A wide view of the complex from a far rooftop.
Redlining is the practice of shutting certain races out of neighborhoods, and it is still a big problem today. Such behaviors were a big factor in creating the need for these projects.
Frankie on the White Pine Mine vehicle access shaft. The mine was traditional inside… all room-and-pillar.
Looking up the hill from the rooftop of the Temple Opera Block. The downtown casino (left) looks far closer to its original use as a Sears Roebuck department store than it does today. Behind it is the blighted Carter Hotel, one of many abandoned buildings near the former Orpheum.
Looking across the spired rooftop of the Kirkbride building. In the foreground is a fire chute that contains a metal spiral slide designed to evacuate patients in case of a fire. Note the ironwork on the chimney.
The main street of the ghost town is also the maintenance road for the BNSF line that bisects Colmor.
From my archives–the NorShor as an innocent gentleman’s club, called ‘the NorShor Experience’.
Some of the earlier buildings were dressed up with brick facades.
This old Jetta did more offroading than your average lifted tinted loud-exhaust pickup.
Carter Color used to occupy this block.
A row of houses north of Pommenige.
When it became “Hyde Park Hospital”, this portico was added onto the front.
When I saw this section, I knew the dock was abandoned.
Approaching the power station and its giant stack. The stack replaced four shorter stacks in the 1960s, helping with pollution in the downtown corridor.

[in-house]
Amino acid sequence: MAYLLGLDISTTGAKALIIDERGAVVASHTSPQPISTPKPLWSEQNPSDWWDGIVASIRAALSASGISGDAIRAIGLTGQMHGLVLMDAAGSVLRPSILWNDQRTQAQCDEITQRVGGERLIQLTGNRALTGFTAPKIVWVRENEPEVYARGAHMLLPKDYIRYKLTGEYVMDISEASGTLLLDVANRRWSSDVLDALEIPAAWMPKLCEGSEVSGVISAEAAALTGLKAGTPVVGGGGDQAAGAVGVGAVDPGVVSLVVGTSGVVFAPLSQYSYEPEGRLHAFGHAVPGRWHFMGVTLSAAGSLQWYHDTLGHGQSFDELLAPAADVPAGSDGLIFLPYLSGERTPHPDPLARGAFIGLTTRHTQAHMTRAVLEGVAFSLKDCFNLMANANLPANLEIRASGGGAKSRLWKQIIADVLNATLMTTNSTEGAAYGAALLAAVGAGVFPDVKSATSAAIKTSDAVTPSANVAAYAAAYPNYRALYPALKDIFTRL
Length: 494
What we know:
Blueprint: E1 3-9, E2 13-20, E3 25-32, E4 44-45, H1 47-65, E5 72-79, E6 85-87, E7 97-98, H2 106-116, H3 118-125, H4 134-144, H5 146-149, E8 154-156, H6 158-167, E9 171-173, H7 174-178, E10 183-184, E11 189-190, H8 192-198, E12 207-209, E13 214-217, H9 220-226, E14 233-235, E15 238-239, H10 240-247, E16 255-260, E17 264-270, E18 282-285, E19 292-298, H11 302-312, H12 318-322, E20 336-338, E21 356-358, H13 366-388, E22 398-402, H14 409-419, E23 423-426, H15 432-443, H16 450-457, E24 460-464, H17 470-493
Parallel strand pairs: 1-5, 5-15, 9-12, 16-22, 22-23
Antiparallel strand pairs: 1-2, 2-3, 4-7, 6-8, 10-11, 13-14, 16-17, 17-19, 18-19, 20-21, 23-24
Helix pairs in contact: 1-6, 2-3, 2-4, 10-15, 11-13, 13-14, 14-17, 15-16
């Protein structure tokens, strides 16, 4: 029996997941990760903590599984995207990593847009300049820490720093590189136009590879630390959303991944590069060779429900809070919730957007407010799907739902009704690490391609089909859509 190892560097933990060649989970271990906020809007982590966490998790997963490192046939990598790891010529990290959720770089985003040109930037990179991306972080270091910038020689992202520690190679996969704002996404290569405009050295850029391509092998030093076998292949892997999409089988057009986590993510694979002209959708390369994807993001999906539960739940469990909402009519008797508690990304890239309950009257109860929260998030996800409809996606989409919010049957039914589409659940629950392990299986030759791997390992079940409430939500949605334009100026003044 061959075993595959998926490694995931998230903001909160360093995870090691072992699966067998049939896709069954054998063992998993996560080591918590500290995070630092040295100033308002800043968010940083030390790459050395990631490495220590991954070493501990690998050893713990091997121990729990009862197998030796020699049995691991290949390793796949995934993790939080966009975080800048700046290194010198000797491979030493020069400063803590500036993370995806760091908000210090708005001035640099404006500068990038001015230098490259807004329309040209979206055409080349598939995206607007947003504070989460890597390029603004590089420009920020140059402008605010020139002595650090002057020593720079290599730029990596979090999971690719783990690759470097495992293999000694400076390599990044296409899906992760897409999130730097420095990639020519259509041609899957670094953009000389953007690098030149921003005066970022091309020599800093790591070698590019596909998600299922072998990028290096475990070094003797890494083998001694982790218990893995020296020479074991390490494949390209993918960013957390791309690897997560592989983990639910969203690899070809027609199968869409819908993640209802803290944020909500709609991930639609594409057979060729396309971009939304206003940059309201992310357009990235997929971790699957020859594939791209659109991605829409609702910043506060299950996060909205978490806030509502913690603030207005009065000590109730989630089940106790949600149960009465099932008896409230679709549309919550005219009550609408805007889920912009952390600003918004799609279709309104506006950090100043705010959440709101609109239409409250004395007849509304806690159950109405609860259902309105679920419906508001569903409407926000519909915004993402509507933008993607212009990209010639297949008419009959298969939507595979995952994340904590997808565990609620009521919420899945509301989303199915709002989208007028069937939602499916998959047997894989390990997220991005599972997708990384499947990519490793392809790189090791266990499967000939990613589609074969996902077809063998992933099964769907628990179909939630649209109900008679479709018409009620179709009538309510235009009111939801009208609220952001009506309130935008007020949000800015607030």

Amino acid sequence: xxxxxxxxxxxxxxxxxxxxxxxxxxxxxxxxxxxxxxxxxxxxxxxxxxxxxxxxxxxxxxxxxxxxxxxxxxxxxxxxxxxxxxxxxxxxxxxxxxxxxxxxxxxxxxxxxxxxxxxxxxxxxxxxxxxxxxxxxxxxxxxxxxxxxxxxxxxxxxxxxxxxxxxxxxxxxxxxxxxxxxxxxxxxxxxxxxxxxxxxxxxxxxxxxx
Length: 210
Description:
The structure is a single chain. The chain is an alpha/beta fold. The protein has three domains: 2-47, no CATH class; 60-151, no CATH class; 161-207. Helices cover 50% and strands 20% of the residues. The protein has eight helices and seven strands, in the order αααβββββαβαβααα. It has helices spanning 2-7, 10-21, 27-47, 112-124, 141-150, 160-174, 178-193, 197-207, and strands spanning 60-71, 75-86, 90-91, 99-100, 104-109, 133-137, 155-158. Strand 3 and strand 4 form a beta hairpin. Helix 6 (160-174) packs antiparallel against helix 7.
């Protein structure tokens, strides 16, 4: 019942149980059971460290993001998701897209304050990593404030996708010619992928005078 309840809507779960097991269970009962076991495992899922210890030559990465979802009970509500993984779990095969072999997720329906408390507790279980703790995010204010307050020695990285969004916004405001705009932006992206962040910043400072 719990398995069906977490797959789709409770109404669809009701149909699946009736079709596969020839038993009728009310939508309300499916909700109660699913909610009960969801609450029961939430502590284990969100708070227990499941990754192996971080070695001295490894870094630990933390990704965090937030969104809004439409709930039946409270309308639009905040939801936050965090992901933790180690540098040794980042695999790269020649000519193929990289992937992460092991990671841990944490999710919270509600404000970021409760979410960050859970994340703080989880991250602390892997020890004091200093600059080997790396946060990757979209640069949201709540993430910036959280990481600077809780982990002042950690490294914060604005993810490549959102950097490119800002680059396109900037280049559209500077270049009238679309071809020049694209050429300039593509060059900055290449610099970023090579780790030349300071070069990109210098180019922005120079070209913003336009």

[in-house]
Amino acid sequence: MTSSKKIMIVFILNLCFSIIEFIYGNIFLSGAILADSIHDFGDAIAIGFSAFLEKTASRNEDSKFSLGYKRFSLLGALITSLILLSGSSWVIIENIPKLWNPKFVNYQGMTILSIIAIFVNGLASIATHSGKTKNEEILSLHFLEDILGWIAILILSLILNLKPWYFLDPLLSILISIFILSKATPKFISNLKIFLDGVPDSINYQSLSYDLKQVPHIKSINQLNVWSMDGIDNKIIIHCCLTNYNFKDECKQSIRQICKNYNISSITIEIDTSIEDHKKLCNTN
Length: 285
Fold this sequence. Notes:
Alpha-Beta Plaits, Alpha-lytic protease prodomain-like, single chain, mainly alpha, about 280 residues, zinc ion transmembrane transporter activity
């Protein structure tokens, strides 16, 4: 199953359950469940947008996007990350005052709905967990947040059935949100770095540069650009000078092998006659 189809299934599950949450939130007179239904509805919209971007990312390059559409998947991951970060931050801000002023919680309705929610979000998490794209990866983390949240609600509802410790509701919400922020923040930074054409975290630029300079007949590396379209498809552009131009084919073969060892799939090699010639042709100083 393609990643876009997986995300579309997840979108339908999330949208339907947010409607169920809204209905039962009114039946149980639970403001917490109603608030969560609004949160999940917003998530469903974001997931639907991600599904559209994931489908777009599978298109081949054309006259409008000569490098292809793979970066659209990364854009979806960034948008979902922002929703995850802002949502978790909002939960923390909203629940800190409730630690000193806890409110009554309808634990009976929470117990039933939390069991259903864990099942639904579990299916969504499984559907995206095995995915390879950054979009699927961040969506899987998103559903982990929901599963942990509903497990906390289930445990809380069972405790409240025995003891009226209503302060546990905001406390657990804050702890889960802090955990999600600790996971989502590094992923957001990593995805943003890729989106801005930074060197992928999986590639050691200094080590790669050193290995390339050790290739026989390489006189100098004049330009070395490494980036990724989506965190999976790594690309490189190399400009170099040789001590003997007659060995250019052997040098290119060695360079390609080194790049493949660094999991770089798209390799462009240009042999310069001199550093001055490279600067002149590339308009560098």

A gate large enough to accommodate a missile, next to the ruins of the guard shack. Wyoming is the intersection of lonely and beautiful.
The side of the administration building. Around the side was a sign instructing potential employees to return on set days and times.
One side of the street is demolished. The other is not.
Looking from rooftop to rooftop at the Temple Opera Block and Orpheum/NorShor. The tall section in the rear is the theatre house.
Looking across the ruin-strewn brownfield left from ACME’s operation and demolition.
The main gate, as seen in 2005. It hasn’t changed much since then.
A bridge crosses the main street of the village; one that goes nowhere. Ambiguity intended.
The school (hospital) campus was expansive.
One of my favorite night views of Fort Snelling’s so-called Upper Post, taken between snowstorms.
The modern shaft stands above the north side of Gilman.
It’s like a piece of paper that’s been written on and rewritten, until you can’t read what the original message was.
Superior Street, as seen from the roof of the Temple Opera Block. Below is one of the sealed sidewalk elevator hatches.
This bridge over Eagle River is beautiful.
I am not sure what this structure is, but it seems to be put together like a gold mill. It existed in 1952, and seems to be from about that period.
Looking down Pommenicher Straße from Gaststätte Rosarius, the monstrous machine about to devour the town bites at the ground.
A shuttered house at the end of the block doesn’t even have boards on it anymore.
Canal Park (see bridge) and some of old downtown, formerly Duluth City Hall and Police Department (center-left). At least one star has appeared in the sky…
Don’t you love the shape of the house on the right?
A single cloud makes its way to Buffington Harbor and Lake Michigan from the quiet backroads of the plant.
A row of houses north of Pommenige.
A panorama showing the biggest building in Gilman—unless you count the massive mine below as a structure.